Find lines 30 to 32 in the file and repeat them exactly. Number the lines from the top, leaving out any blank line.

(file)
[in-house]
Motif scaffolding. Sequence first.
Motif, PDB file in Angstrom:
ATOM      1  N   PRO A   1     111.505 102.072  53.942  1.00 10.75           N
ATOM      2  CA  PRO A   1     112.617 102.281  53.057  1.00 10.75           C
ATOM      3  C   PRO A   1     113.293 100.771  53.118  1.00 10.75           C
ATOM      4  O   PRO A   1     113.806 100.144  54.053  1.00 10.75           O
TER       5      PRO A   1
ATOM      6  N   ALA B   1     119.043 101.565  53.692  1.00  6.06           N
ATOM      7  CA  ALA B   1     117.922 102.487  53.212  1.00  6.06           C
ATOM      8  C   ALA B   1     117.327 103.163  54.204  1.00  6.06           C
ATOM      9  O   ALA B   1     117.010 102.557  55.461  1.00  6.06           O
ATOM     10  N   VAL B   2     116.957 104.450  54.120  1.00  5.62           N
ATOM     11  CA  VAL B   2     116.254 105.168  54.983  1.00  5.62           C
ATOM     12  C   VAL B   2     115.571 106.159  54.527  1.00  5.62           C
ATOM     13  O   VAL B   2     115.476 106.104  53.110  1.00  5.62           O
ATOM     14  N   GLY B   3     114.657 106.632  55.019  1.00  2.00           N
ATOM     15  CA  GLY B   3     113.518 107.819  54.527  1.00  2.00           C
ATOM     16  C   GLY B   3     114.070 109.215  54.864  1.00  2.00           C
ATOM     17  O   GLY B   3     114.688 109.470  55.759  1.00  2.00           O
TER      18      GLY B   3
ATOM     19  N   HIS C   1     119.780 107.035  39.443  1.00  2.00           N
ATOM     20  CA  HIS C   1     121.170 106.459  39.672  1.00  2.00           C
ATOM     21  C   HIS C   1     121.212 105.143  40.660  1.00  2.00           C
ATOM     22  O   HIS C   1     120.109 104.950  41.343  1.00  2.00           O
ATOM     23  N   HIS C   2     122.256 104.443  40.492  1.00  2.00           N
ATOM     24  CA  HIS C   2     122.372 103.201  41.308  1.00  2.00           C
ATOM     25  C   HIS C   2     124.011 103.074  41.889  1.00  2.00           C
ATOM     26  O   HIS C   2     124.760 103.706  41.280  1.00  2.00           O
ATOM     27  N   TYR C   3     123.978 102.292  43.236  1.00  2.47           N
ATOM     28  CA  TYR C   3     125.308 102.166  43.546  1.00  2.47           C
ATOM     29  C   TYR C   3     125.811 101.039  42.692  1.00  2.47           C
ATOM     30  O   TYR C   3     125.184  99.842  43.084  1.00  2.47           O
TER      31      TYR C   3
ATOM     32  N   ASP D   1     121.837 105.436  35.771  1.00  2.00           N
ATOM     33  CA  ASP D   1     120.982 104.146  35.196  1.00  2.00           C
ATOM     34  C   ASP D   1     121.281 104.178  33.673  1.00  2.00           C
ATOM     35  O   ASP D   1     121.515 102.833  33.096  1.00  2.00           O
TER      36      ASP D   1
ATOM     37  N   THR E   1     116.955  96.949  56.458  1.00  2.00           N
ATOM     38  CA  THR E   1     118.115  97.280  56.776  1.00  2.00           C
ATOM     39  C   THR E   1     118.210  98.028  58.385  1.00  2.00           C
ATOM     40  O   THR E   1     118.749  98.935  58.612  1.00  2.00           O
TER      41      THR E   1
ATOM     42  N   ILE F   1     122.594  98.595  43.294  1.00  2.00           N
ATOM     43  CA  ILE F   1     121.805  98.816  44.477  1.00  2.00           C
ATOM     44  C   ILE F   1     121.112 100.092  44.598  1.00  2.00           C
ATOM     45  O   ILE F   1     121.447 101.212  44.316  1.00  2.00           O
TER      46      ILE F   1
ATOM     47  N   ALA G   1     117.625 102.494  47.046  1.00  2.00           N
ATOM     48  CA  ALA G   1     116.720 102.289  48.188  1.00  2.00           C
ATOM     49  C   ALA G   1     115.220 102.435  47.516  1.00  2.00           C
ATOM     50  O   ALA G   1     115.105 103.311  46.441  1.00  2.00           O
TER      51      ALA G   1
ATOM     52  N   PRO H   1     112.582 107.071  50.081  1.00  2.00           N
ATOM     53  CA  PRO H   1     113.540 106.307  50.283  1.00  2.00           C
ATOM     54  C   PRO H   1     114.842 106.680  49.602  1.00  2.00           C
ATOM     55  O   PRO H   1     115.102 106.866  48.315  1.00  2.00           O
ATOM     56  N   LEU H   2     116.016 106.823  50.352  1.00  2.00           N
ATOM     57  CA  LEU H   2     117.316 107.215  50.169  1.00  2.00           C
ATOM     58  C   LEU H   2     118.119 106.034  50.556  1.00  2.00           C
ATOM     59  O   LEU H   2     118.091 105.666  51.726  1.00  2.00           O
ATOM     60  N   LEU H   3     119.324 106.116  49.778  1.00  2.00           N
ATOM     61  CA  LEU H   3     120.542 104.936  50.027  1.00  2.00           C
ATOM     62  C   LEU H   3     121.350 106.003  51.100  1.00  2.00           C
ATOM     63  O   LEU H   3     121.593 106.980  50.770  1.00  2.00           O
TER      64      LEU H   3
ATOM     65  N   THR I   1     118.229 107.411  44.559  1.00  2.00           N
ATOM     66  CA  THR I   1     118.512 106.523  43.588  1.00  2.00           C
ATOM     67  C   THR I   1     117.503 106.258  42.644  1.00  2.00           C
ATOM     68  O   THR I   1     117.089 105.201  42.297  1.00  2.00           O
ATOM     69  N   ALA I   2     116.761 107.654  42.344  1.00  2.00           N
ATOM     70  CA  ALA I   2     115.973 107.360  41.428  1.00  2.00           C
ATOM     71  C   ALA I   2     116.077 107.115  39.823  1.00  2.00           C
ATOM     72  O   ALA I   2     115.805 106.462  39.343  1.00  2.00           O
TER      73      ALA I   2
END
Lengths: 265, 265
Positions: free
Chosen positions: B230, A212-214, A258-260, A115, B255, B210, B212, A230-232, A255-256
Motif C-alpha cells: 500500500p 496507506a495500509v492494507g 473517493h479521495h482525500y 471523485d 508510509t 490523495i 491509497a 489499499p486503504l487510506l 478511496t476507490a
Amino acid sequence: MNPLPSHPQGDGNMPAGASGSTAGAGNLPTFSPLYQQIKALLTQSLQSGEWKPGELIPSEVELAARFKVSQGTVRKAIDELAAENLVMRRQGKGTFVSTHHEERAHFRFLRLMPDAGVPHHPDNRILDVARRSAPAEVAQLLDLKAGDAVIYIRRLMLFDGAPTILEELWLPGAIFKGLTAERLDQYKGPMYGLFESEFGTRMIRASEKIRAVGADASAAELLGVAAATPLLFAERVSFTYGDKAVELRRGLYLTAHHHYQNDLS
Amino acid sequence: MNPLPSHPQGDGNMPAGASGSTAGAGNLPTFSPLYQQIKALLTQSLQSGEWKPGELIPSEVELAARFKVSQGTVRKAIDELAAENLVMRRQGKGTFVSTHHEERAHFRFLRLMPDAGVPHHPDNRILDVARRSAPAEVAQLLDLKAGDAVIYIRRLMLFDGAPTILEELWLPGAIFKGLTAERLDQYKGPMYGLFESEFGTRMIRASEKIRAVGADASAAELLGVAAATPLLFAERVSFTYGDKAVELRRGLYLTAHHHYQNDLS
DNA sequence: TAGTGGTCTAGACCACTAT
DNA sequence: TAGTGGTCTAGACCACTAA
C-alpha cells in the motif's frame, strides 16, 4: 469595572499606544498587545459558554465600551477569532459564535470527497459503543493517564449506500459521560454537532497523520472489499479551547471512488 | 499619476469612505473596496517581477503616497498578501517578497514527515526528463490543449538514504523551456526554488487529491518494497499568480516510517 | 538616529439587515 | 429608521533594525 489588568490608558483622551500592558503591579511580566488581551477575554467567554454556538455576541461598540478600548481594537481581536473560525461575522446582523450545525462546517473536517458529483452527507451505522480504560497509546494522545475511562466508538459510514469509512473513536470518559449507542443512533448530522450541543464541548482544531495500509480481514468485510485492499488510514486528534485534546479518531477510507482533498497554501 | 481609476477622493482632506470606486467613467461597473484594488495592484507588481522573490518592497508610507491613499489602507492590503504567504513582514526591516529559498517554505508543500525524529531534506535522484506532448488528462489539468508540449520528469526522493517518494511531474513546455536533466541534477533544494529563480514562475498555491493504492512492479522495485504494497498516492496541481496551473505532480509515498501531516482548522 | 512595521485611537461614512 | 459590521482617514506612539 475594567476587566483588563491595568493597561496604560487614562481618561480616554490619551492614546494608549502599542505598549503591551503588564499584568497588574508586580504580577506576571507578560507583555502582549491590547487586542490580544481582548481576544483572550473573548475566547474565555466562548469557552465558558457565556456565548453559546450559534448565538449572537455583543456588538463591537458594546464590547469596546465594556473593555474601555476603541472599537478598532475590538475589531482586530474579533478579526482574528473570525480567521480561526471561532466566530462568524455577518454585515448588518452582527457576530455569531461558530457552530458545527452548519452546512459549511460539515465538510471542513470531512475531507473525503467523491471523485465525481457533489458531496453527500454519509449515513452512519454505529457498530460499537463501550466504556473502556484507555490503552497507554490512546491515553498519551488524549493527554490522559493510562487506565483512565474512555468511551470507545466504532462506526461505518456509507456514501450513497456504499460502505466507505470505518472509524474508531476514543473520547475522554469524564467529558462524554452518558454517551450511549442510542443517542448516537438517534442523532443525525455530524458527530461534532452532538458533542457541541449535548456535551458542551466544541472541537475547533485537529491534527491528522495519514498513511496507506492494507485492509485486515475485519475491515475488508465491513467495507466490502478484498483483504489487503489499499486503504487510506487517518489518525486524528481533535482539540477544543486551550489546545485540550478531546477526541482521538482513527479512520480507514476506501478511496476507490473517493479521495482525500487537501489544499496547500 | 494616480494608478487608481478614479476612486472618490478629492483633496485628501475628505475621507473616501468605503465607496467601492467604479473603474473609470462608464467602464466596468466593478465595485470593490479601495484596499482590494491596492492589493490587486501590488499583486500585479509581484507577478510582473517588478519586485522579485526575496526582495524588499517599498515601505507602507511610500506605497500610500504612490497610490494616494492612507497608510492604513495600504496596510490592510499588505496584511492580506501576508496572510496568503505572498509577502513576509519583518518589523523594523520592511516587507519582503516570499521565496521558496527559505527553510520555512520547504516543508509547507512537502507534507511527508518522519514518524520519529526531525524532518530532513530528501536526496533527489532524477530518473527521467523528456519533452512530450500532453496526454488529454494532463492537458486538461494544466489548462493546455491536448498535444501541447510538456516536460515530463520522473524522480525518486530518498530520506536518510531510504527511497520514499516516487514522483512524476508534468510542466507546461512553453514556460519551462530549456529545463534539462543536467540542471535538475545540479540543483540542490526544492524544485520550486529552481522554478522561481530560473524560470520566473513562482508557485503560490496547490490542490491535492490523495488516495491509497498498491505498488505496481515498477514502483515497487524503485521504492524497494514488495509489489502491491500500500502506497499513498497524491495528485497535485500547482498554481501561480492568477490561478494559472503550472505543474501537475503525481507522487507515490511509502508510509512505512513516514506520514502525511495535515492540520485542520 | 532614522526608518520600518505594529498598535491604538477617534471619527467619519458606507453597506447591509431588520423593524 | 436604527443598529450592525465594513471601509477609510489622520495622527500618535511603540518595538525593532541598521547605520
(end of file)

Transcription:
ATOM     27  N   TYR C   3     123.978 102.292  43.236  1.00  2.47           N
ATOM     28  CA  TYR C   3     125.308 102.166  43.546  1.00  2.47           C
ATOM     29  C   TYR C   3     125.811 101.039  42.692  1.00  2.47           C